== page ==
• The logos (yours and your client’s) have an important message about the partnership responsible to conduct this project. It passes a subjective message showing to the whole team how the two companies are engaged to reach the same objective;
  • The original deadline is the first planned date to finish the project according to the schedule;
  • The replanned deadline is filled only if you had to replan your deadline for some reason. The reasons must be shown on the updates (explored below) when a replanning happens;

 

Risks, changes and dependencies

Whatever happen to risks and changes must be checked by you, as the project manager in charge, to understand if it will require any kind of replanning. It can affect your schedule, your costs, people involved, external resources, suppliers, etc;

  • Risks is where you list everything that may affect your project and make something planned to change. It’s common to be something out of your control, so have a plan to each of them to deal with problems when something go wrong;
  • Changes must be filled when something relevant arranged was changed for some reason. A decision was rethought? Make it loud;
  • Dependencies section is used when you have tasks depending on someone else’s effort. It’s very important because if they are delayed, you will have to deal with the impact;

The example has a dependency with a strikethrough deadline. It’s meant to show that a planned deliver was not finished and was replanned.

There is also a dependency with a deadline painted red. It regards a task that must be performed by someone outside the original project’s team. It must have a person responsible and also the date when the deliverable will be available. If that task is delayed, the whole project can be delayed.

 

Updates

This section is the one which will have a high rate of information change from week to week. All of its content can be changed from one week to another. Here is where you list everything that happened, new people added, results of tests, deliveries from another suppliers, and etc. I also like to keep two sub sections: what was finished during the last week, and what will be done in the next.

 

Schedule

The schedule makes sense when you are dealing with a project with fixed scope, and also when not. You can use it to make things visible about the next important deliver, when talking about agile. You can show macro deliveries or show 100% of your whole planning process (as the example shows).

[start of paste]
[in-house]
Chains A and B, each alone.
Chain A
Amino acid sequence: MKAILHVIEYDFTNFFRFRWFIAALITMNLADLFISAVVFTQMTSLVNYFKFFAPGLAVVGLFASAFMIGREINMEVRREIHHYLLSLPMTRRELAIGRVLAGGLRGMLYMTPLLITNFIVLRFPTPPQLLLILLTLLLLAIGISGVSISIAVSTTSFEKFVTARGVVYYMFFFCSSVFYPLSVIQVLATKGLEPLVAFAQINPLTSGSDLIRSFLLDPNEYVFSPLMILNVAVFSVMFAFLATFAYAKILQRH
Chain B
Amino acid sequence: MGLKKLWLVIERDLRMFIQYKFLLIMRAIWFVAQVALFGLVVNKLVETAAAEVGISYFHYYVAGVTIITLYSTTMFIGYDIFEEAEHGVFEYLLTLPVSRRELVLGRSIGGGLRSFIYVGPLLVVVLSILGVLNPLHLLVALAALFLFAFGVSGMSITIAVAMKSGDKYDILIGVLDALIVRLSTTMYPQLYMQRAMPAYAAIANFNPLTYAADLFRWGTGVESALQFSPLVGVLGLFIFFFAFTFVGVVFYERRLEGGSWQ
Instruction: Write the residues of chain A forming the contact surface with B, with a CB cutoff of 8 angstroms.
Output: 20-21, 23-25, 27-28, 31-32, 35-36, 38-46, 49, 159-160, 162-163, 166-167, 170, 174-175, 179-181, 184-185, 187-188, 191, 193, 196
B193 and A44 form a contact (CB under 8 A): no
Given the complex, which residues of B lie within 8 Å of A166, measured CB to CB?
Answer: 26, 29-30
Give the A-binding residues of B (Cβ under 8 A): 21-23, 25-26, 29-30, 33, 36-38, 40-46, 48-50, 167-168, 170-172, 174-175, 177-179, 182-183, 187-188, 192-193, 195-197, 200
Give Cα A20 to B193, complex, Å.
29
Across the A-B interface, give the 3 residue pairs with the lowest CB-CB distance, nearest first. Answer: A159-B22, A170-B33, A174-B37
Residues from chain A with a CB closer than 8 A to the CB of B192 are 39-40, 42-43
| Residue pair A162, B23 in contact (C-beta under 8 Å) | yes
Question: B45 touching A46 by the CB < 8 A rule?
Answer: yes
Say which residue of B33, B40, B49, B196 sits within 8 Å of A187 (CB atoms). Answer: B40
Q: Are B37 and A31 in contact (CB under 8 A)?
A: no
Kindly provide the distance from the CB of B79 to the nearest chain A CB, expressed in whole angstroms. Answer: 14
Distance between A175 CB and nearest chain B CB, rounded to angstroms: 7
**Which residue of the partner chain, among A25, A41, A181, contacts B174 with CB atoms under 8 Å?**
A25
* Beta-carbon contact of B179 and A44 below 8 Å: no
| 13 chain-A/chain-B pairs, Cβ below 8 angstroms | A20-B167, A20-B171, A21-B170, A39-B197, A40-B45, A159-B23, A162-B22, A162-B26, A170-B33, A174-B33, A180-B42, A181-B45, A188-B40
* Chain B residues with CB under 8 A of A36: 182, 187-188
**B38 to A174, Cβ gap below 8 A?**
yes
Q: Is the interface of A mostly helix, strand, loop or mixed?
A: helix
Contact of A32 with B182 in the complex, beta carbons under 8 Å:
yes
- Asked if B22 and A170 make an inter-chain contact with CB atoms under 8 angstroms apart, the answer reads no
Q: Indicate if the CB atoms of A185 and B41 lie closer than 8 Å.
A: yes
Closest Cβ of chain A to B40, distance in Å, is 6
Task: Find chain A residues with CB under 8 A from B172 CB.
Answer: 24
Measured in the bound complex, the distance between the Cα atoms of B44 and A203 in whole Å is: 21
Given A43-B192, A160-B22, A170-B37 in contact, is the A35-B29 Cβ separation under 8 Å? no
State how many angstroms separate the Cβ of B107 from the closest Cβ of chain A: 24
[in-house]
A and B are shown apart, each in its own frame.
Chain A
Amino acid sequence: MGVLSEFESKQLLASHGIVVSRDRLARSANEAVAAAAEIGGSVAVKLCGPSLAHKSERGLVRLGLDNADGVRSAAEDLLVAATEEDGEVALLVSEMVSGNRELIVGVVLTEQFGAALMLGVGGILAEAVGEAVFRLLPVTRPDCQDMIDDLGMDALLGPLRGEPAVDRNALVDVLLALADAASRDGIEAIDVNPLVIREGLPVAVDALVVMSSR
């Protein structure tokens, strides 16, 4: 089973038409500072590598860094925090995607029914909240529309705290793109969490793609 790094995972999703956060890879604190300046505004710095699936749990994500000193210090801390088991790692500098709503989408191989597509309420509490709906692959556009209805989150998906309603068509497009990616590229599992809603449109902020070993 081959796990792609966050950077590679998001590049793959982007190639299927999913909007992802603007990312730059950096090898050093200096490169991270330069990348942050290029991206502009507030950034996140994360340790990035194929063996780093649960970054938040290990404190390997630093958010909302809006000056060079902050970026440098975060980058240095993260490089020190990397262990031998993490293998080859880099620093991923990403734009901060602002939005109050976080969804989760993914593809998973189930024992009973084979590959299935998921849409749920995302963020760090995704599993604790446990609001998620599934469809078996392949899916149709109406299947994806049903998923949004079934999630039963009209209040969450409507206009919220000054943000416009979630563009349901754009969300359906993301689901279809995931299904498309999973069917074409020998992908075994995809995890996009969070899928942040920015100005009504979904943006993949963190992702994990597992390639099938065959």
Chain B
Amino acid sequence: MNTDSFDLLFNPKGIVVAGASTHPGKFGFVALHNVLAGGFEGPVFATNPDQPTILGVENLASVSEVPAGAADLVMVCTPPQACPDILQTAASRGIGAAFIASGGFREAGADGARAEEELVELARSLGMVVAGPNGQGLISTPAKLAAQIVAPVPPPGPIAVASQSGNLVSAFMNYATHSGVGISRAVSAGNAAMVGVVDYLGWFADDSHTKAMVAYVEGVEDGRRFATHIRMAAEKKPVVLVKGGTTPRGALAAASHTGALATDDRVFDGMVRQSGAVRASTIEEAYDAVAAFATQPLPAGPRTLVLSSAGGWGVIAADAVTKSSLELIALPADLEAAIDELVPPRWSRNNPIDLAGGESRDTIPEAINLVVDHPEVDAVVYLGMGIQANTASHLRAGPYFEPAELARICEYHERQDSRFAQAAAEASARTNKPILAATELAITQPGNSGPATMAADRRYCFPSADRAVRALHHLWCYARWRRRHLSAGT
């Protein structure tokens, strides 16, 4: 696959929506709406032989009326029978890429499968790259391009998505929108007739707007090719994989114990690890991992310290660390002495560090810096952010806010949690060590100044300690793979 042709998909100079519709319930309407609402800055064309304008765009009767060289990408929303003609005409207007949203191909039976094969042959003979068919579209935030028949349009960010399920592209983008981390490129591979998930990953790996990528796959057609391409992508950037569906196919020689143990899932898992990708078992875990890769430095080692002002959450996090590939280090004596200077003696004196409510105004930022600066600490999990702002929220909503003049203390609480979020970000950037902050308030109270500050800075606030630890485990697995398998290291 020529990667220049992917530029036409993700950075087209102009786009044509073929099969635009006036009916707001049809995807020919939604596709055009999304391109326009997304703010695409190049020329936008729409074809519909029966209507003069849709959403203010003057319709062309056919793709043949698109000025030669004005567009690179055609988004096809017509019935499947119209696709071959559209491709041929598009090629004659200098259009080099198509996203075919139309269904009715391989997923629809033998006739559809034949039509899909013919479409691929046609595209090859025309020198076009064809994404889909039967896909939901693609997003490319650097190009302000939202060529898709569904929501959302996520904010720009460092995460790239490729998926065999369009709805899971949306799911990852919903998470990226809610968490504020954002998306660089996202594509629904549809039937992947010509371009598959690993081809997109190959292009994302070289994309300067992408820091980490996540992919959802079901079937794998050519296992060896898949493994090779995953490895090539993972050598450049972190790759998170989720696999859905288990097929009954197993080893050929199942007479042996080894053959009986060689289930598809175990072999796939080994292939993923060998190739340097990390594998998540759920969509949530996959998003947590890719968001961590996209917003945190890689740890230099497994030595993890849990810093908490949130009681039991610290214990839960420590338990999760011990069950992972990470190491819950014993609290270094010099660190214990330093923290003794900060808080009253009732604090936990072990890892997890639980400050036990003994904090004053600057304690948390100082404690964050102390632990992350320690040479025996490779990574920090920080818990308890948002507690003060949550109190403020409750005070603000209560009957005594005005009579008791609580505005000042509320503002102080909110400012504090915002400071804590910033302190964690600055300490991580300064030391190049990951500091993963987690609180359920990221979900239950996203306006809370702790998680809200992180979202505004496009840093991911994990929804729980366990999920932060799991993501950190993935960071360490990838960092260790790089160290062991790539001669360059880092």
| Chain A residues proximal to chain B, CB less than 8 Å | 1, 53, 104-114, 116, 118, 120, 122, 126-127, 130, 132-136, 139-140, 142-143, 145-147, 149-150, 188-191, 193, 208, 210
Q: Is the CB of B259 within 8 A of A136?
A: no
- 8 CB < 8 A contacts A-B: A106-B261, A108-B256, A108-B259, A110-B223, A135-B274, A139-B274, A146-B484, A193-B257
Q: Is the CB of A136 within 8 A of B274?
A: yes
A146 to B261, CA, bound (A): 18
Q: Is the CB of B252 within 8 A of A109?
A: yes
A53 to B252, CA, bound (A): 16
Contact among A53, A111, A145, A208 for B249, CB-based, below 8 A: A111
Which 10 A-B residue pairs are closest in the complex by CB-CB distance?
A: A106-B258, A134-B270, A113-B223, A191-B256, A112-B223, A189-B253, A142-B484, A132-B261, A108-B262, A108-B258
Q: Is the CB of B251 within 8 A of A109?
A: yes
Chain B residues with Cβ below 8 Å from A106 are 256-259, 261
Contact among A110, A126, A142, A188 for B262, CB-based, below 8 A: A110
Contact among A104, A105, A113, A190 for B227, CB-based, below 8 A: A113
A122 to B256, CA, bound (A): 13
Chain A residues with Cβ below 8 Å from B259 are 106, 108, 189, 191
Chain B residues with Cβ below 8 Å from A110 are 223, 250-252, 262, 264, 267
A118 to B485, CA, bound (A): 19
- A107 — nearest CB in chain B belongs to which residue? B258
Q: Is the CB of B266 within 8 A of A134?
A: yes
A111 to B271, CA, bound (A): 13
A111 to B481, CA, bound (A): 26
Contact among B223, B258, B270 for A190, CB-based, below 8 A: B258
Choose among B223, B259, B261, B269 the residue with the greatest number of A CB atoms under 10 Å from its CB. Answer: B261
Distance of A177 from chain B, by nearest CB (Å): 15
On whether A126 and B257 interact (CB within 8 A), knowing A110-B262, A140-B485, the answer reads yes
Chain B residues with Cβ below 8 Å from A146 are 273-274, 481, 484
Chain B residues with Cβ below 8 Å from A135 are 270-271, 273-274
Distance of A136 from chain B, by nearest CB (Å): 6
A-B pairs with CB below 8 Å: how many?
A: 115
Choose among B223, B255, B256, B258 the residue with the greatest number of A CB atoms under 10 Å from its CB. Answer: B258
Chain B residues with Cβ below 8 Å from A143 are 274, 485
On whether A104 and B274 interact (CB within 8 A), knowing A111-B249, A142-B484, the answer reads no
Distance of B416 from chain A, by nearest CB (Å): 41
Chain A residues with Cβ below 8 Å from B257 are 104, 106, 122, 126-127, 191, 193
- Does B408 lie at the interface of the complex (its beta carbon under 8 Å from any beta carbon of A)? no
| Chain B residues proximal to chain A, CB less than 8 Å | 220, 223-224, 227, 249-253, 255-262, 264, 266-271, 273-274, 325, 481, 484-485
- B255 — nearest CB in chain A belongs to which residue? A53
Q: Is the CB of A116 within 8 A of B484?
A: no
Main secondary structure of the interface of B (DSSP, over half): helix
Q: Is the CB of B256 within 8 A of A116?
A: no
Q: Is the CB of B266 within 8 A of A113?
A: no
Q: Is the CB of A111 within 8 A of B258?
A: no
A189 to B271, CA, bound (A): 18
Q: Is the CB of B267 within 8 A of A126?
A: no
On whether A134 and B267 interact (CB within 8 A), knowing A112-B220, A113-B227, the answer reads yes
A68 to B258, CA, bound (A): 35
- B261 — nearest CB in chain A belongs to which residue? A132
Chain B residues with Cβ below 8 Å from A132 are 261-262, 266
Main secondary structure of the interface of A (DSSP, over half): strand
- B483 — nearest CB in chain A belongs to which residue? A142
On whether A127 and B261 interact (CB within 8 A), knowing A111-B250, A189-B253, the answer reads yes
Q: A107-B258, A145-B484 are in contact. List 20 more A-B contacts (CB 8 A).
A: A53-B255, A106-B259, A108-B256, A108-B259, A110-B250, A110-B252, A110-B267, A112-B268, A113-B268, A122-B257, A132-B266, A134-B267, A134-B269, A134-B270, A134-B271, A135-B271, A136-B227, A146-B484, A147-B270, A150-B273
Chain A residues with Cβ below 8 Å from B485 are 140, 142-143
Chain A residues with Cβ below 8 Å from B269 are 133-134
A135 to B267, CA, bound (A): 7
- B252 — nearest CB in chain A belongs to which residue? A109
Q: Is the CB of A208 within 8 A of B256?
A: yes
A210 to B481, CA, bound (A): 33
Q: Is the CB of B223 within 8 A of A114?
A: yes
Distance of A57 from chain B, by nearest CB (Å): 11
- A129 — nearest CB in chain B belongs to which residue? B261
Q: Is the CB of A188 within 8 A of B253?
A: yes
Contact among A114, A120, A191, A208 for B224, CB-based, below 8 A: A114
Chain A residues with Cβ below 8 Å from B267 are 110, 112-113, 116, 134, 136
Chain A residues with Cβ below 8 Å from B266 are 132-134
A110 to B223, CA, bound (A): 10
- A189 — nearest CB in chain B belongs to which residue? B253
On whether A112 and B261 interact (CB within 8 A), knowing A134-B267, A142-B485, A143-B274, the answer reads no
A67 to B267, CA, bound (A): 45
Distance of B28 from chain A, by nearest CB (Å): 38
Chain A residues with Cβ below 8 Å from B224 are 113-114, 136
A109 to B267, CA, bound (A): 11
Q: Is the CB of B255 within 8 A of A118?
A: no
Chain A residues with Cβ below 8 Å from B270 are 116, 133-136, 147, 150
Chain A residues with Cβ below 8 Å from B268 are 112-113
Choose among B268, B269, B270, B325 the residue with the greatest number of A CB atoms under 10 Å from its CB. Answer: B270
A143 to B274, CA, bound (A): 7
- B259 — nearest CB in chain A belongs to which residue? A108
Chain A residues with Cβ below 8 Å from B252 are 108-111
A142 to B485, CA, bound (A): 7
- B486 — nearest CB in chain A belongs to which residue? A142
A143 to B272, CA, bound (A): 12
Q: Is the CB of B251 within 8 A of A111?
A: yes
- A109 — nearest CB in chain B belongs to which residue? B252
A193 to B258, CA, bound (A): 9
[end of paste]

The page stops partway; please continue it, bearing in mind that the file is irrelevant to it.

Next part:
It lists macro tasks, and gives them colors:

  • When green, it’s ready to be developed;
  • If its orange, it depends on something external and can’t be started now;
  • For red, it means it’s delayed for any reason;

It also shows the tasks planned to be delivered during the current week (orange painted on the first line of the table). It’s represented by the X on the respective cell. And at last has the percentage of each one of the tasks;

 

KPIs

The things you decide to measure during the project. For this one, people, scope and dates were the main things. The table shows the metric and the status for each of them. Whenever you have something different than green, you have to write a reason telling why it’s not going well. Do not forget to add the costs to this KPI section;

Avoiding problems, Career, Customers, Practical examples

Communication issues? Maybe it’s engagement issues

December 24, 2017

I started thinking on this article as my self year’s end retrospective. And I realized the biggest thing I learned during this year regards engagement.

I’ve been hearing, for years, that “80% of the projects that fail, fail because of poor communication”. That’s a sad true, but this year I realized this is an easy but messy abstraction. When you say that communication is the problem, you are hiding many serious problems, not only in your project, but also in your organization. And after that eureka moment, a new one came: people do “communicate the proper way” if they are engaged and have support to develop themselves.

 

Some examples
  1. We have a contract to watch an online app. It’s not very critical, but we still have SLAs to accomplish when it’s down. Then one issue comes and the person from OPS forgets to tell the customer, during the first 15 minutes, that he’s looking for a solution. Beyond that, he takes one more hour to solve the problem, than the 4h regularly expected. It will cause an argument during a meeting between the managers and everybody will finish the subject saying that they had a communication issue;
  2. We evolve a very critical solution, that deals with money, to a customer. Then the developer didn’t create the automatized test and the app breaks when goes to production. It will cause an argument during a meeting between the managers, and everybody will agree that the QA guy didn’t communicate properly to the DEV guy about the missing test.